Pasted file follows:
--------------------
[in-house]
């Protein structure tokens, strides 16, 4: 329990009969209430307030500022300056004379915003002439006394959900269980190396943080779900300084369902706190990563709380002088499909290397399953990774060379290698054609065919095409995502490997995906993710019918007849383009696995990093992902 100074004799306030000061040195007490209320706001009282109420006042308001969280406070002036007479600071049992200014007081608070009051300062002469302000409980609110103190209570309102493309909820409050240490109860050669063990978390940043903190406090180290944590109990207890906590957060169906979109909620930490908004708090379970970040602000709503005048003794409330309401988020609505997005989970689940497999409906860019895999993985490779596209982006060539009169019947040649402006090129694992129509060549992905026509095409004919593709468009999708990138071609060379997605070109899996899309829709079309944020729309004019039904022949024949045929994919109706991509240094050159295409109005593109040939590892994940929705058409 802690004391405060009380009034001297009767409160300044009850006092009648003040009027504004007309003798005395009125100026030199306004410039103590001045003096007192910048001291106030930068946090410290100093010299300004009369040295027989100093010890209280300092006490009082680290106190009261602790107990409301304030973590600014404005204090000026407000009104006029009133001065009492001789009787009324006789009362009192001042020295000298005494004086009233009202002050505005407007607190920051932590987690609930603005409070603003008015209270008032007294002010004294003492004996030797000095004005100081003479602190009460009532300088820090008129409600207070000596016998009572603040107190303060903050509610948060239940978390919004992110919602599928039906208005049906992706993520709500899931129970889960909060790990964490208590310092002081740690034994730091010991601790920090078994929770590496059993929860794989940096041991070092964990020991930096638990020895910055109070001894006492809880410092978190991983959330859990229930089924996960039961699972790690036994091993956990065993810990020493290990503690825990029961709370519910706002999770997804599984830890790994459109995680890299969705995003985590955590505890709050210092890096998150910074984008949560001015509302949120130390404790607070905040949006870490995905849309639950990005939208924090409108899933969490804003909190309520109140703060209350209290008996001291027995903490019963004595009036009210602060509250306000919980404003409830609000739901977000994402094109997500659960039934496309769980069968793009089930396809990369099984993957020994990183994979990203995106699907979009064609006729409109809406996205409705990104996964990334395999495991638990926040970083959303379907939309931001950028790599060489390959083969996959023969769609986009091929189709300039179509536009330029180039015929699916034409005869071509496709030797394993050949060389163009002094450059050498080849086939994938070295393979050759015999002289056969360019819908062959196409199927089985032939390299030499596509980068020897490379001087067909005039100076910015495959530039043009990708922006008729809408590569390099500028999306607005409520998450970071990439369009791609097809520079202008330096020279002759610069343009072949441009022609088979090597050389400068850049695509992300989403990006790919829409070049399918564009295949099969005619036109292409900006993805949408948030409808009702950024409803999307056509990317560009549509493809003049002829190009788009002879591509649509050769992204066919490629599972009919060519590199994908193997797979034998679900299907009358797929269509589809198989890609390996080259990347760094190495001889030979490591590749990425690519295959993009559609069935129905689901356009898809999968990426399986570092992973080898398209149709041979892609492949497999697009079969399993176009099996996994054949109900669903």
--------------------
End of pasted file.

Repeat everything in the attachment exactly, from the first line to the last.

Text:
[in-house]
């Protein structure tokens, strides 16, 4: 329990009969209430307030500022300056004379915003002439006394959900269980190396943080779900300084369902706190990563709380002088499909290397399953990774060379290698054609065919095409995502490997995906993710019918007849383009696995990093992902 100074004799306030000061040195007490209320706001009282109420006042308001969280406070002036007479600071049992200014007081608070009051300062002469302000409980609110103190209570309102493309909820409050240490109860050669063990978390940043903190406090180290944590109990207890906590957060169906979109909620930490908004708090379970970040602000709503005048003794409330309401988020609505997005989970689940497999409906860019895999993985490779596209982006060539009169019947040649402006090129694992129509060549992905026509095409004919593709468009999708990138071609060379997605070109899996899309829709079309944020729309004019039904022949024949045929994919109706991509240094050159295409109005593109040939590892994940929705058409 802690004391405060009380009034001297009767409160300044009850006092009648003040009027504004007309003798005395009125100026030199306004410039103590001045003096007192910048001291106030930068946090410290100093010299300004009369040295027989100093010890209280300092006490009082680290106190009261602790107990409301304030973590600014404005204090000026407000009104006029009133001065009492001789009787009324006789009362009192001042020295000298005494004086009233009202002050505005407007607190920051932590987690609930603005409070603003008015209270008032007294002010004294003492004996030797000095004005100081003479602190009460009532300088820090008129409600207070000596016998009572603040107190303060903050509610948060239940978390919004992110919602599928039906208005049906992706993520709500899931129970889960909060790990964490208590310092002081740690034994730091010991601790920090078994929770590496059993929860794989940096041991070092964990020991930096638990020895910055109070001894006492809880410092978190991983959330859990229930089924996960039961699972790690036994091993956990065993810990020493290990503690825990029961709370519910706002999770997804599984830890790994459109995680890299969705995003985590955590505890709050210092890096998150910074984008949560001015509302949120130390404790607070905040949006870490995905849309639950990005939208924090409108899933969490804003909190309520109140703060209350209290008996001291027995903490019963004595009036009210602060509250306000919980404003409830609000739901977000994402094109997500659960039934496309769980069968793009089930396809990369099984993957020994990183994979990203995106699907979009064609006729409109809406996205409705990104996964990334395999495991638990926040970083959303379907939309931001950028790599060489390959083969996959023969769609986009091929189709300039179509536009330029180039015929699916034409005869071509496709030797394993050949060389163009002094450059050498080849086939994938070295393979050759015999002289056969360019819908062959196409199927089985032939390299030499596509980068020897490379001087067909005039100076910015495959530039043009990708922006008729809408590569390099500028999306607005409520998450970071990439369009791609097809520079202008330096020279002759610069343009072949441009022609088979090597050389400068850049695509992300989403990006790919829409070049399918564009295949099969005619036109292409900006993805949408948030409808009702950024409803999307056509990317560009549509493809003049002829190009788009002879591509649509050769992204066919490629599972009919060519590199994908193997797979034998679900299907009358797929269509589809198989890609390996080259990347760094190495001889030979490591590749990425690519295959993009559609069935129905689901356009898809999968990426399986570092992973080898398209149709041979892609492949497999697009079969399993176009099996996994054949109900669903």